The blinds are the worst places to be in any cash game, but it is possible to beat the worst seats at the table says Ross Jarvis
As you’re forced to invest money and usually play the rest of the hand out of position the blinds are always going to be big losers for you over a significant sample of hands. However, all this changes when everyone folds and the hand is blind versus blind.
The dynamics are completely different, the aggression is amped up and there are several unique strategies you can employ to make sure you come out on top. Join us as we show you how to play from both positions and explain how to conquer all in the battle of the blinds.
Small blind versus big blind
From the small blind you’re at an obvious positional disadvantage, but that doesn’t mean you can’t get the upper hand. It’s important to know the tendencies of your opponent in the big blind, as this will dictate the range of hands you can open with.
Observe how often he defends his big blind, and if he is folding a lot you can raise a ton of hands looking to steal. This includes any A-x hand, K-x suited, all pairs, all suited connectors and all Broadway hands. At the lower levels there will be a lot of opponents who either fold the big blind too much or don’t put up any resistance postflop, allowing you to win the pot with a simple c-bet.
Once you move up in stakes though it can be a major leak to play too loose from the small blind against tough opponents. Good players will continually three-bet you in position or float your c-bets and make life very difficult.
The main way to combat these players is quite simple: tighten up. Often it’s better just to fold mediocre hands such as A-7, Q-9 and small pairs, whereas you’d be raising them all day against a poor player.
So should you just surrender versus a good big blind all the time then?
Definitely not, but you should pick your battles carefully and mix up your play. Occasionally this will mean playing mediocre hands far more aggressively preflop than you ordinarily would. For example, you raise 8-8 in the SB and get three-bet.
What now? Folding is too tight, while if you just call you’re going to end up check-folding the majority of flops. As long as there is an aggressive dynamic between the two of you, the optimum play is actually to four-bet small and call an all-in shove. Of course you’ll sometimes run into an overpair, but more often you’ll be in a race, catch your opponent five-bet bluffing or simply make him fold there and then.
Once your opponent sees you are capable of this he’ll probably resist playing so many pots with you in the future too.
Big blind versus small blind
Having a guaranteed positional advantage on the small blind is so important that you must exploit it to the extreme. You can do this preflop by three-betting a wider range than usual, both for value and as bluffs.
As we saw before it’s going to be tough for the small blind to profitably continue without picking up a strong hand themselves, meaning you’ll take down pot after pot when he is just attempting to steal. Make sure you keep up the pressure with your real hands too if you have been three-betting enough you should expect to get some good value from them.
You must also punish any small blind that makes the mistake of limping into you. If your hand is even remotely playable (almost every hand except 7-2, 7-3 and so on falls into this category) raise it to 5BB and expect to get a fold much of the time. However, it’s actually even better for you if the small blind calls, as they’ve told you they don’t have a strong hand by limping. You should now look to continuation bet all flops with a high card in them, as your perceived range will hit these flops a lot harder than the small blind’s.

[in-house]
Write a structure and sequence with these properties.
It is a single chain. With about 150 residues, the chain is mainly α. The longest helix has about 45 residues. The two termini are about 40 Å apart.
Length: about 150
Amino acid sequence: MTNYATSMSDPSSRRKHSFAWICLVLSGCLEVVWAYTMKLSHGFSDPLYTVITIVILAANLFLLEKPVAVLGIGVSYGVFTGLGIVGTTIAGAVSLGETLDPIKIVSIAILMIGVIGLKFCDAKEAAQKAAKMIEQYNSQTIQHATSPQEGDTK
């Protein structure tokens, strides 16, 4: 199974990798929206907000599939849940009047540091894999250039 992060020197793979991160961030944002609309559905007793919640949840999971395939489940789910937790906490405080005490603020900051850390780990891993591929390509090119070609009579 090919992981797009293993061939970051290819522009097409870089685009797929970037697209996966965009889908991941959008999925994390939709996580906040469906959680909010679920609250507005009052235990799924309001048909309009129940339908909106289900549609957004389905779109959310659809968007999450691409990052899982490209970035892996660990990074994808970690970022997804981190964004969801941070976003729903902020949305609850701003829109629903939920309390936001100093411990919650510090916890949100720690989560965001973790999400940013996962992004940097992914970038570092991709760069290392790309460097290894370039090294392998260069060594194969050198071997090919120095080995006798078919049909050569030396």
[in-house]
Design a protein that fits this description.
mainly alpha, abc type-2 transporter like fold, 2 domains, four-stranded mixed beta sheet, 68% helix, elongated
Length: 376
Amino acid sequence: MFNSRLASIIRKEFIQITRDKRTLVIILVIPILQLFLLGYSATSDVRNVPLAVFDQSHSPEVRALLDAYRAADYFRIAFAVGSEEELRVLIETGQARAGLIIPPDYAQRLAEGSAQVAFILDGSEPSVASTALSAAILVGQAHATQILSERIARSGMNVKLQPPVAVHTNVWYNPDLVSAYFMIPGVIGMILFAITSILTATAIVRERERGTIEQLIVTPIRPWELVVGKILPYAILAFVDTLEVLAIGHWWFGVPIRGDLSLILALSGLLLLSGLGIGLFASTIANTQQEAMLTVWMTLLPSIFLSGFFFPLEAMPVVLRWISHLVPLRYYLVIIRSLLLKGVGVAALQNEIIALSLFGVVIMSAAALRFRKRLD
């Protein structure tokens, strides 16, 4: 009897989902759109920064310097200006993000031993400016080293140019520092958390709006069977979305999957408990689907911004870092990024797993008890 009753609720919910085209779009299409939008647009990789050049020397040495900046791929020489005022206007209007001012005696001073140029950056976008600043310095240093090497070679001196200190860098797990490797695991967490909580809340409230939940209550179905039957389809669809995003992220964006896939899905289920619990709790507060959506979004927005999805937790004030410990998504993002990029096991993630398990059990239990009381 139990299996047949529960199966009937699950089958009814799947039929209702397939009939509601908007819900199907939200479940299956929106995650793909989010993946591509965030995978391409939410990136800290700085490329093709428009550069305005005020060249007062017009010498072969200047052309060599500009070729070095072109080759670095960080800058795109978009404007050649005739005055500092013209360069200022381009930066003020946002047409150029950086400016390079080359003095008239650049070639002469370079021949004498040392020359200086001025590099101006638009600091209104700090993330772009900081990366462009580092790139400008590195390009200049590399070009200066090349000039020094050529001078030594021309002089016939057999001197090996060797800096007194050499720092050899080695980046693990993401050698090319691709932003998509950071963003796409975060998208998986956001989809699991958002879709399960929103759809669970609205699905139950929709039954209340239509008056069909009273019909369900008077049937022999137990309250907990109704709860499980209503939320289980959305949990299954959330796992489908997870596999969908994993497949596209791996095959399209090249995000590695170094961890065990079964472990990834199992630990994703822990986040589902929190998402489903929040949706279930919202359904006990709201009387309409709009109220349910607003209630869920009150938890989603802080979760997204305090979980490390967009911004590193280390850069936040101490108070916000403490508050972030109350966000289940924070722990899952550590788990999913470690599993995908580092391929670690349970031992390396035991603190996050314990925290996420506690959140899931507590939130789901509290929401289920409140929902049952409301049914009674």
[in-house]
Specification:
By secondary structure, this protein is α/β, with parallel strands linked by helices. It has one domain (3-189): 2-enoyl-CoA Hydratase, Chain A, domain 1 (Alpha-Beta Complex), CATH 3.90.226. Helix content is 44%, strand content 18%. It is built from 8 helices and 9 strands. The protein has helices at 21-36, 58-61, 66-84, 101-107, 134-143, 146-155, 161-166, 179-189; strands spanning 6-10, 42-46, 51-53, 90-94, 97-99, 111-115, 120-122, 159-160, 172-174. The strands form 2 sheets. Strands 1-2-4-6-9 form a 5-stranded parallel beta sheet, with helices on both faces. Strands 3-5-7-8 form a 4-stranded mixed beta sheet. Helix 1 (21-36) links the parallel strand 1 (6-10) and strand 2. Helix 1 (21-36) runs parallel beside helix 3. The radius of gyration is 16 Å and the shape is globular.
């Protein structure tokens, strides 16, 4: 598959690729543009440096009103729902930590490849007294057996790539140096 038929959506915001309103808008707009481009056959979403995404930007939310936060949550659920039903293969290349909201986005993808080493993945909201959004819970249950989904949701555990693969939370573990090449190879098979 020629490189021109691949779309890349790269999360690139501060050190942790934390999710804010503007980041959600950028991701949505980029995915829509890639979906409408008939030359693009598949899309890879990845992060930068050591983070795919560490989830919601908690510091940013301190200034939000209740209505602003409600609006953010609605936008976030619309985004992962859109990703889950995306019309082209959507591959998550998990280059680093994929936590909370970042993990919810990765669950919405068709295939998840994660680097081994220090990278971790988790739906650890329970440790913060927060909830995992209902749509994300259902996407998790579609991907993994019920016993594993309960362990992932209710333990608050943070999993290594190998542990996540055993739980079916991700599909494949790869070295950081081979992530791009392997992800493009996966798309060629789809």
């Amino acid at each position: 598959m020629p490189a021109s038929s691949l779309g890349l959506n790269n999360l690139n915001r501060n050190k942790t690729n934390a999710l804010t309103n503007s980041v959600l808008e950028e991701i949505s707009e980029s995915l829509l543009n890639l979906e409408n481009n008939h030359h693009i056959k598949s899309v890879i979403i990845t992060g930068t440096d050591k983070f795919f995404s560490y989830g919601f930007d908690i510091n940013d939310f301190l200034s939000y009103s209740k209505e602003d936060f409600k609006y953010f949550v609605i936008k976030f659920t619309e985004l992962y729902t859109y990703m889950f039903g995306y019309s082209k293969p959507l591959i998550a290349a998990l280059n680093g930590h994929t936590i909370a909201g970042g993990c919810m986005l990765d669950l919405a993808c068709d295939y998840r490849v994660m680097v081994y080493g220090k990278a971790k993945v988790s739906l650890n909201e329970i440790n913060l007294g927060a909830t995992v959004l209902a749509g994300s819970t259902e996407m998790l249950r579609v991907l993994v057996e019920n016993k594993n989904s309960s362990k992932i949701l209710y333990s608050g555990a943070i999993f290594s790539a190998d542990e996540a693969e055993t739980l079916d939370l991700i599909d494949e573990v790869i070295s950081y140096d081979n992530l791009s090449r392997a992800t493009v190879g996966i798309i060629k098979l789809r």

There are hands that play better by just calling though. These include decent hands such as A-T, K-Q, Q-J and so on, which would fold out all dominated hands if you three-bet with them. As you’re in position you also don’t have to hit the flop hard to give yourself a chance of winning a nice pot. Throw in a lot of floats whenever you have any sliver of equity (a gutshot, two overcards with backdoor draws and so on) while betting much of the time if it is checked to you on the turn. At the lower limits there won’t be too many opponents capable of a double-barrel bluff, so you can usually treat a turn check as what it looks like: weakness.
Exploiting a floater
Here’s a hand I played recently against a tricky reg, that shows how you can win a big pot from the small blind without a hand
Game: $1/$2 no-limit hold’em, six-max
UTG: FullDomination ($232.55)
Cutoff: XXzwiebackXX ($456)
Button: Fred85 ($474.38)
SB: MrStarch ($224)
BB: RCHLFRMFRNDS ($204.75)
Dealt to MrStarch: K♦-9♠
MrStarch raises to $5
Against a good player K♦-9♠ is near the bottom of my opening range, but it will flop enough top-pair hands that it just merits the raise. When the villain flat-calls I can discount all of his premium A-x hands and big pairs, but he still has a wide range.
MrStarch bets $8.50
RCHLFRMFRNDS calls $8.50
Tricky players will often float Ace-high flops light. They know opponents are unlikely to bluff at them twice, under the assumption that nobody folds a pair of Aces heads-up.
RCHLFRMFRNDS bets $21.75
MrStarch raises to $66
MrStarch wins $70.50
When I check the turn it is always with the intention of check-raising. The missed flush draw, combined with the lack of obvious two-pair hands on that board means it is very unlikely for the villain to have a strong hand unless he flopped a set of threes or sixes. Even if he has top pair it’s unlikely he has better than A-T as he would have three-bet preflop with these hands.
By raising the turn I represent a big hand that should fold out all of his bluffs which comprise the bulk of his range and even some genuine hands.
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